How Dry Needling Can Help You Manage Your Back Pain

If you suffer from back pain, you have probably tried medications and therapies with little to no relief or perhaps just temporary relief from the pain. There is one procedure, however, that you might not have tried yet, or even heard of before. That is dry needling. Before you go screaming and hobbling away, here is some information that will give you a better idea of what dry needling is like and the benefits of this therapy.

What Is Dry Needling Like?

Dry needling physical therapy is a treatment technique that uses fine monofilament needles to deactivate trigger points, which are local areas where your muscles are tight and not working properly. The needles are inserted into the target area, and when the tip hits the dysfunctional trigger point, there is a local twitch. This response confirms that the needle is at the source of the pain.

The needles are left in the trigger points for a short amount of time, usually between 10 seconds and 20 minutes. The length of time depends on the type of treatment you are receiving, the part of your body you are receiving the treatment, and the number of needles being used.

Dry needling is not limited to just helping people with back pain. Here are a few other areas where needling might help:

  • Achilles tendonitis
  • Headaches
  • Muscle cramps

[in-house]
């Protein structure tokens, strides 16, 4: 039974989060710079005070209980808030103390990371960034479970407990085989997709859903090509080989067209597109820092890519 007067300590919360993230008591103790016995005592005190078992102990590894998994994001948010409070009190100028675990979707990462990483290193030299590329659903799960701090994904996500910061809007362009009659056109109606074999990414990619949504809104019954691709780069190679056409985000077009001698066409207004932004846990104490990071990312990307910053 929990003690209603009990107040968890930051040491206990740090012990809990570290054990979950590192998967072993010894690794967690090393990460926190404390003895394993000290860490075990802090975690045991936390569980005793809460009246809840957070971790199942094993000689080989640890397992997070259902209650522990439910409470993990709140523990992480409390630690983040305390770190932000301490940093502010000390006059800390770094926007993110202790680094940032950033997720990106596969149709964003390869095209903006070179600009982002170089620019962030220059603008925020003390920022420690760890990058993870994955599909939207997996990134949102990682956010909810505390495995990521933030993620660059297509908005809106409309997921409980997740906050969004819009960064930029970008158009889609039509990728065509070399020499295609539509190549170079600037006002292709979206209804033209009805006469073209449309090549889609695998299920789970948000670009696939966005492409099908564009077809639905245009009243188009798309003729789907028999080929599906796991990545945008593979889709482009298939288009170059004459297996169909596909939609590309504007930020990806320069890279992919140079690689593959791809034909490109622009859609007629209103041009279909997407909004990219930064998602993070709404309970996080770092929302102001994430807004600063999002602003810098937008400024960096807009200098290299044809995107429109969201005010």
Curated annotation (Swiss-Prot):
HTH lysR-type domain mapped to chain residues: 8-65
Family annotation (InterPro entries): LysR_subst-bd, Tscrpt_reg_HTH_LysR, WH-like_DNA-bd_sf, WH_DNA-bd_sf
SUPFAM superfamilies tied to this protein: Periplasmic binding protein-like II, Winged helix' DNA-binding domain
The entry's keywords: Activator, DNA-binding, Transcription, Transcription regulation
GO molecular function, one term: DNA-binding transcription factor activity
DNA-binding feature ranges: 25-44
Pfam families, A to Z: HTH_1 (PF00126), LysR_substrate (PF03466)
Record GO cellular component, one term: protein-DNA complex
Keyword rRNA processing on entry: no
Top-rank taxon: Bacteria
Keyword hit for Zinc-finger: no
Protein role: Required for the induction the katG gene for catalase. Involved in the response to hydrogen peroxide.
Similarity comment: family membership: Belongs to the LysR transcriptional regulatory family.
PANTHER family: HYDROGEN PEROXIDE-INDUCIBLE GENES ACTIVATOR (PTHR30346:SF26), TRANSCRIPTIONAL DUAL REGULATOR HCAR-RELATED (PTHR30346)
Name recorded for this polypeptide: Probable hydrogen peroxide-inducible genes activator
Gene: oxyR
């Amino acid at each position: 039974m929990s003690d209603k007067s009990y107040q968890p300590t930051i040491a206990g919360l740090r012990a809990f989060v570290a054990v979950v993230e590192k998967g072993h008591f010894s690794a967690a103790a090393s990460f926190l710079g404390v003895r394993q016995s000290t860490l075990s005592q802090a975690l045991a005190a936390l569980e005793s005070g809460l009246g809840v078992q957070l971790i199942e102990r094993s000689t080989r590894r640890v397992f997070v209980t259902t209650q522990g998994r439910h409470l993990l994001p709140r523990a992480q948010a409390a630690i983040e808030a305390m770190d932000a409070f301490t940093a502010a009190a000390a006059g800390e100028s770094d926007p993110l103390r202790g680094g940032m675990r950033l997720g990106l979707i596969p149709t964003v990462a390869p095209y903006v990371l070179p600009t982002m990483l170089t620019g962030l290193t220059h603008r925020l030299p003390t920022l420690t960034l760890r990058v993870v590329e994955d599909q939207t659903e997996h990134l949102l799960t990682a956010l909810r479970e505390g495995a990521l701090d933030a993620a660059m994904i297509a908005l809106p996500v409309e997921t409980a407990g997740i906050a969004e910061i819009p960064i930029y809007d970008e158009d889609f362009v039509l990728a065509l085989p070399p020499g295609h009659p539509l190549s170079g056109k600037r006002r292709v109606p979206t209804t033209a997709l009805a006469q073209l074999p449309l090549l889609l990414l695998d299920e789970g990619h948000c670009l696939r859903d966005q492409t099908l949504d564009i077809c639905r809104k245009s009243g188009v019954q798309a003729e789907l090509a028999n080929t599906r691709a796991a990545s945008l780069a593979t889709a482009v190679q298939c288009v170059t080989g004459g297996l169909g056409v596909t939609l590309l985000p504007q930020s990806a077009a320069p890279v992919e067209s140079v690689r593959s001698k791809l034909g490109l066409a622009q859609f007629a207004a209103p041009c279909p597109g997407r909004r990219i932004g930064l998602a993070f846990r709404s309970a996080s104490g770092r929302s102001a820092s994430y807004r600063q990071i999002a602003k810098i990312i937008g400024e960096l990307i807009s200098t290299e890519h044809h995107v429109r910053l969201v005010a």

• Shoulder pain

Benefits of Dry Needling

How soon you will reap benefits from dry needling varies. Some people receive relief immediately following treatment, while others feel improved after a few treatments. For longer-term results, more than one treatment is usually needed. One way to prevent recurrence is to pair dry needling with other types of treatments, such as soft tissue mobilization therapy. Here are a few of the benefits that you might achieve with dry needling:

  • Decreased pain
  • Decreased tightness in the muscles
  • Improved blood flow
  • Increased mobility
  • Return to normal lifestyle

Dry Needling vs. Acupuncture

Because dry needling and acupuncture both use the same type of thin monofilament needles, it is often thought that dry needling and acupuncture are the same. This is not true.

  • Acupuncture has existed for thousands of years, while dry needling is a relatively new procedure.
  • Acupuncture focuses on rebalancing your body’s energy to promote healing, while dry needling targets muscle trigger points.
  • Acupuncture is used to treat pain, but it is also used for other conditions, such as infertility, depression and anxiety. Dry needling focuses on neuromuscular and musculoskeletal pain.

Is Dry Needling Therapy Right for You?

It depends. To find a local therapist who performs dry needling, search for “physical therapy near me” and schedule a consultation. After learning more about the cause and location of your pain, the physical therapist might recommend dry needling.

As with all health concerns, be sure to discuss your pain with your primary care provider and see if dry needling might be an option for you. Your provider can work with the physical therapy team to provide the best treatment plan. Don’t suffer through your pain another day. Schedule an appointment!

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